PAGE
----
A Guide to Political Correctness

It seems like every day someone famous says or does something that is considered politically incorrect. And predictably, they lose their job. Or they’re vilipended throughout the land and savagely excoriated in the press. Even after they apologize.

It happens to us less famous citizens as well. One carelessly spoken word or sentence that treads upon someone’s sensitivities can end a career or ruin a relationship. Because what happens on the global stage tends to be emulated at the local level.

In this day of extreme political polarization we all have to learn how to be politically correct. For some this is easy. They just keep their mouths shut. But others seem to have no clue.

Sometimes I can be clueless myself, as evidenced by this post. But I’m just trying to help. I wrote this guide to political correctness because I’m trying to eliminate confusion as to what is politically correct, and keep everyone gainfully employed and in rewarding relationships.

I’ve found that one way to stay PC while opening one’s mouth is to keep abreast of current events. That way you know what is currently in vogue and considered correct actions and speech. I’ve been doing just that, avidly watching both FOX news and MSNBC news, so that I can learn from both sides of the political spectrum just what is considered politically correct.

The following are some lessons these TV news networks have taught me:

It’s politically correct to kneel while the National Anthem is played, to show that black lives matter and police can be brutal. But at the same time you should always stand with your hand over your heart, because to do otherwise is disrespectful to the flag.

It’s politically correct to stand up for your religious beliefs and refuse services to homosexuals, if homosexuality is against your religion. But it’s also politically correct to have no religious beliefs against homosexuality, and to offer services to everyone, regardless of sexual orientation. Because to do otherwise ignores genetic science and discriminates without good cause.

It’s politically correct to discourage all forms of gun ownership, as guns are a major cause of violent deaths in our country. But it’s also politically correct to own and carry the latest and most powerful assault rifles you can afford. Because otherwise crime will run rampant, and we also will have no way to rise up in armed revolution when Armageddon arrives and Satan takes over America.

It’s politically correct to protect the lives of unborn children, by requiring women to carry their pregancies to full-term. But it’s also politically correct to give women the right to choose what they do with their bodies. Because to do otherwise allows men to control women and helps maintain a patriarchal society.

You see? All you have to do is watch both FOX news and MSNBC news, and you’ll eliminate all confusion as to what is politically correct.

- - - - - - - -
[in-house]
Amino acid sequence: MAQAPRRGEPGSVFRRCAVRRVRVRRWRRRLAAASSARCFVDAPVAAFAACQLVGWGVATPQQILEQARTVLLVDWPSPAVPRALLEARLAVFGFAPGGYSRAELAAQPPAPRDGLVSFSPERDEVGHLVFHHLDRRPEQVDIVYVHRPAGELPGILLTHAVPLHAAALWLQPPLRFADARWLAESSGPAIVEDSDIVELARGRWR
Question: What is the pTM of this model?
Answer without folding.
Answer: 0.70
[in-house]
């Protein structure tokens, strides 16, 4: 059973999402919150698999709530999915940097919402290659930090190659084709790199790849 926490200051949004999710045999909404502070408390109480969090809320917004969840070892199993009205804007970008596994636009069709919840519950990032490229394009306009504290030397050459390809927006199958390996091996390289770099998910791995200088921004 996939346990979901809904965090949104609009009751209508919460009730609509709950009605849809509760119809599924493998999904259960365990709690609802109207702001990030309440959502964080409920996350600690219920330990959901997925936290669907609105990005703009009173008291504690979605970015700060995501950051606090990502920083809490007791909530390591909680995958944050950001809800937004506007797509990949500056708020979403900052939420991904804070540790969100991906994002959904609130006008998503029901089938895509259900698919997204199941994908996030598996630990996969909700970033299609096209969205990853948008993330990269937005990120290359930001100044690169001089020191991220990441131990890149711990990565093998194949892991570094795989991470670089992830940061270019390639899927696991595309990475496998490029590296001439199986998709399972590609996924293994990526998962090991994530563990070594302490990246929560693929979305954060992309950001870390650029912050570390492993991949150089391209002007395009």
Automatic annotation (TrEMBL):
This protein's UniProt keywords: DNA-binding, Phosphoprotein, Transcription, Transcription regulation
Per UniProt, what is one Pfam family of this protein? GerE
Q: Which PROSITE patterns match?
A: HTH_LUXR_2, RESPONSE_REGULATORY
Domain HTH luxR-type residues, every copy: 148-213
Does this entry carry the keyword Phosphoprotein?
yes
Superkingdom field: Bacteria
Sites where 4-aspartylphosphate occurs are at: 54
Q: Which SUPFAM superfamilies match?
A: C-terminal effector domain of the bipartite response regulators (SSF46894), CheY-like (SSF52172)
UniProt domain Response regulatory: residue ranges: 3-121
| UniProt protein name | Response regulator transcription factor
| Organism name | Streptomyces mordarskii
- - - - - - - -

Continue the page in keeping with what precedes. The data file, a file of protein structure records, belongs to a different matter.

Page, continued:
But here’s what I believe is the most important lesson in political correctness:

You may have noticed that some of the examples listed above tend to slightly contradict each other. Of course they contradict. Politics by its very nature is contradictory. Politics is about disagreement and debate. It’s about people thinking differently and expressing their differences. It’s a forum for hashing out issues, as humanity seeks answers.

And when you look at it that way, the contradictions above are not confusing, they’re enlightening.

Healthy debate enlightens and ultimately unites. It’s unhealthy debate that leaves us struggling endlessly for answers, over issues that could have been resolved long ago. And it’s unhealthy debate that divides and polarizes, and leaves us fearful and suspicious of each other.

Healthy debate makes every example I listed above, politically correct examples. But unhealthy debate renders them politically incorrect.

Healthy debate becomes unhealthy when someone says or does something we disagree with, and we take offense. Then we demonize that person. We act like victims and treat them as perpetrators. And we attack them personally and may even attempt to put their jobs and relationships in jeopardy.

This drives many who would debate, into silence. It slows the free exchange of ideas. And it makes everything that would otherwise be politically correct, politically incorrect.

But we, ordinary citizens, don’t do this alone. We get a lot of help from political pundits, who profit from unhealthy debate. They are the ones who publicly foster and encourage the demonization of those who hold views they disagree with. They are the ones who turn the politically correct into the politically incorrect. And they are the ones behind the schisms and polarization that currently paralyzes our politics.